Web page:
Lateralized Induction of Cardiovascular Responses: Exploring Asymmetric Autonomic Regulation
Mcginley, Jared Joseph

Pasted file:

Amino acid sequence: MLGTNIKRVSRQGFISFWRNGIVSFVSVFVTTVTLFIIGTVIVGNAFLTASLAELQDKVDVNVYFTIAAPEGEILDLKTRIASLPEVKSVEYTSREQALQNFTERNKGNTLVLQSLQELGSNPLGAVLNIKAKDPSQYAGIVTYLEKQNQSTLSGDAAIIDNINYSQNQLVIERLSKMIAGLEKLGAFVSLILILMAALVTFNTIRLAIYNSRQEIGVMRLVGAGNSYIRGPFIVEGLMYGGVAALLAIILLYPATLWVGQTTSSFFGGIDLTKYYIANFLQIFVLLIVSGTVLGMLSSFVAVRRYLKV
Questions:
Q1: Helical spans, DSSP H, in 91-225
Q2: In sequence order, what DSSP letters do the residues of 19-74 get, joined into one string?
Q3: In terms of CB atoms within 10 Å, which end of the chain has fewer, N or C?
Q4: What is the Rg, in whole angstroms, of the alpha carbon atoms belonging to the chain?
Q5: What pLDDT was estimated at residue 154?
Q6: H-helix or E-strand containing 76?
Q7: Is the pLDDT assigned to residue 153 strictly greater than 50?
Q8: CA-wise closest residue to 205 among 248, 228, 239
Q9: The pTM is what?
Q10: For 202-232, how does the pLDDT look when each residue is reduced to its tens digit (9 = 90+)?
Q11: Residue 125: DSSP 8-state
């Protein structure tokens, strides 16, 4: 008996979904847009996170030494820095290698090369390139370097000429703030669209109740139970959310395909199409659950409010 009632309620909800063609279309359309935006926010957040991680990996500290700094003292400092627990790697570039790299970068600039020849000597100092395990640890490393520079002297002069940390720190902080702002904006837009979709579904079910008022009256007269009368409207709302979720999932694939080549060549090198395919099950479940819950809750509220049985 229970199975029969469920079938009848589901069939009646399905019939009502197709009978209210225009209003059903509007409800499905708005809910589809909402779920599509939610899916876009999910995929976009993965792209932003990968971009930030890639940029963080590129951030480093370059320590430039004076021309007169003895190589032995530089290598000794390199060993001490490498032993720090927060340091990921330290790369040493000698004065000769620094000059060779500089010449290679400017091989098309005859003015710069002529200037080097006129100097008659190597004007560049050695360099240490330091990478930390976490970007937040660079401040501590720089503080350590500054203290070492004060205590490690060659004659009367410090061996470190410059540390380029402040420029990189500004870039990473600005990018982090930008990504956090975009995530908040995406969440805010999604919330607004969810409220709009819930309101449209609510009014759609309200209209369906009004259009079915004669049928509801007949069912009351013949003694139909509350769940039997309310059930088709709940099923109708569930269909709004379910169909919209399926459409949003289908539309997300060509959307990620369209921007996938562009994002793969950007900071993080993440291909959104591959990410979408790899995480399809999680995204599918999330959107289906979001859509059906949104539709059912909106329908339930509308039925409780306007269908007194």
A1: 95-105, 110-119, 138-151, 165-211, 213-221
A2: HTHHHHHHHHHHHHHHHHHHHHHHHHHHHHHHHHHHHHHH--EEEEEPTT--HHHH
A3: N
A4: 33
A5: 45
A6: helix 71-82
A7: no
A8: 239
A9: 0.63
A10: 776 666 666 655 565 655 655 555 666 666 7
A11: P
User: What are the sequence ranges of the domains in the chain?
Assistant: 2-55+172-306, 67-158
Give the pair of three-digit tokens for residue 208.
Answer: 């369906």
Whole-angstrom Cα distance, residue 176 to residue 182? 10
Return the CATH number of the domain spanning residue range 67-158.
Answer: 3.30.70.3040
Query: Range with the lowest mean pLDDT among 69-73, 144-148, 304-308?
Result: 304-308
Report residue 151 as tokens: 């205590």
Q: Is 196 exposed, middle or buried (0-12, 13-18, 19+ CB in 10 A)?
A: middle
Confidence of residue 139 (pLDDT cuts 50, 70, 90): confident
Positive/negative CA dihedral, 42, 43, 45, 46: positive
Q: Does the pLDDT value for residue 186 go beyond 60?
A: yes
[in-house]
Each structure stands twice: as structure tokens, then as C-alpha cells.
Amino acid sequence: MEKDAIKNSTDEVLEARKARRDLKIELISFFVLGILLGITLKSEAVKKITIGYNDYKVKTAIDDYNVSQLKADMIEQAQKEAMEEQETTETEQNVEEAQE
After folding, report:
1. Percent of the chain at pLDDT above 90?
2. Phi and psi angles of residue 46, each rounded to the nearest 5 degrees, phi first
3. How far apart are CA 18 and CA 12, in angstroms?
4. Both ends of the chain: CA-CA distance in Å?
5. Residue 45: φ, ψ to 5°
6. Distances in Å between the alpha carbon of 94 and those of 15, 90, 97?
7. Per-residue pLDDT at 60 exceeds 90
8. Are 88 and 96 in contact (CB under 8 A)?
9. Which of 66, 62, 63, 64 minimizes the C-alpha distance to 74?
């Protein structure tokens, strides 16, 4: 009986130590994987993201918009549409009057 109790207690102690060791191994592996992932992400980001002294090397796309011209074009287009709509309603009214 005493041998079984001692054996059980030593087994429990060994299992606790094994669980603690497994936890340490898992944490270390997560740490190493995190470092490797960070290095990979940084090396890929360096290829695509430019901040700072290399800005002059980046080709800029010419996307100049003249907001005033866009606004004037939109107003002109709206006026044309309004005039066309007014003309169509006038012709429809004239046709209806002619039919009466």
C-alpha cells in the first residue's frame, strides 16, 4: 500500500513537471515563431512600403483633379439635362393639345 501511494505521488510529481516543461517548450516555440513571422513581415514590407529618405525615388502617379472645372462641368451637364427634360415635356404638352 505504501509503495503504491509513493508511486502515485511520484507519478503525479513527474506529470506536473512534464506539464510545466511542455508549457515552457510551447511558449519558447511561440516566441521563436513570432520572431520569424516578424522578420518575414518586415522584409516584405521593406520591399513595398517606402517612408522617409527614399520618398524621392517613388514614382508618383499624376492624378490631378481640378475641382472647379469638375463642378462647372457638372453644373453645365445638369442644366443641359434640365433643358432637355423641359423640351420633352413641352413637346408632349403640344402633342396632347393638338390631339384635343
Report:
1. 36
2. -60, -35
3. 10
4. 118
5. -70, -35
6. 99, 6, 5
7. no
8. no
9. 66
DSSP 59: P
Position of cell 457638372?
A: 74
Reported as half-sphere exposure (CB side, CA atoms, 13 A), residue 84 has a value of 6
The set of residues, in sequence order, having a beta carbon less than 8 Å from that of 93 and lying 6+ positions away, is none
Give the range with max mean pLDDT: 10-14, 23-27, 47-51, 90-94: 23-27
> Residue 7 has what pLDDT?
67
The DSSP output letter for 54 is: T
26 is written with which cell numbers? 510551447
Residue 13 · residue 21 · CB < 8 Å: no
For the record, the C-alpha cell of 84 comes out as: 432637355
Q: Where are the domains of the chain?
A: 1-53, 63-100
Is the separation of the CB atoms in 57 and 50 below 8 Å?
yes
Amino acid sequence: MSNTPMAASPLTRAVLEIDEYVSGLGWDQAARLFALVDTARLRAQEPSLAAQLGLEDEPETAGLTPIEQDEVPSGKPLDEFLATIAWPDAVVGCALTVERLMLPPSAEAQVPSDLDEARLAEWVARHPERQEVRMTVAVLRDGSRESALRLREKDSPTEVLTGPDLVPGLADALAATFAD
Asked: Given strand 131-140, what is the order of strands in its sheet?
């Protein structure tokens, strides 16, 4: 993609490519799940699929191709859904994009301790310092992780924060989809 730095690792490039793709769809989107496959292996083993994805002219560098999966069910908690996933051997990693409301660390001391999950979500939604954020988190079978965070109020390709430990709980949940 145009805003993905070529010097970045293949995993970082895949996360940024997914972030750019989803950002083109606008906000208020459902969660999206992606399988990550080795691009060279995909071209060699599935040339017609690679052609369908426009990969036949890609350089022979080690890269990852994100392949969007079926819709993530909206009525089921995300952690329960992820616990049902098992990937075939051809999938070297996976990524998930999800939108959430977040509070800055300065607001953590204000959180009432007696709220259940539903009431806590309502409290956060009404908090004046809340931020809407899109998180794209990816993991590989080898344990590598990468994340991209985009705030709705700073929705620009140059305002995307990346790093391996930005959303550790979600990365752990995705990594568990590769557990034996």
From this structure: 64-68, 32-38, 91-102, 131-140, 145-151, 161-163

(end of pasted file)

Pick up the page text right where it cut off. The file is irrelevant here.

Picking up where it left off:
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There is clear evidence that the autonomic nervous system (ANS) is lateralized at both the peripheral as well as the central levels of the nervous system. Both the vagus and the sympathetic ganglia asymmetrically innervate the sino-atrial node and the myocardium of the heart. This lateralization has also been observed in afferent as well as efferent projections to nuclei in the brainstem, hypothalamus, and amygdala. Where laterality has not been as clear is in regions of the frontal lobe dedicated to the regulation of autonomic nervous system responses. This study addressed that issue via the implementation of lateralized autonomic response-evoking tasks. With the use of cardiovascular and electrodermal measures, the present study indexed autonomic responses to lateralized stimuli. This study also explored the role of lateralization within sex as well as in relation to reported gender identity. The findings lend support to the right hemisphere as serving a dominant role in regulating sympathetic nervous system activity, while lending less conclusive support for lateralization of parasympathetic nervous system regulation. Men demonstrated greater lateralization for sympathetic nervous system responses across several different metrics of autonomic indices. The exploration of gender variables in relation to lateralization of autonomic responses was generally not supported.
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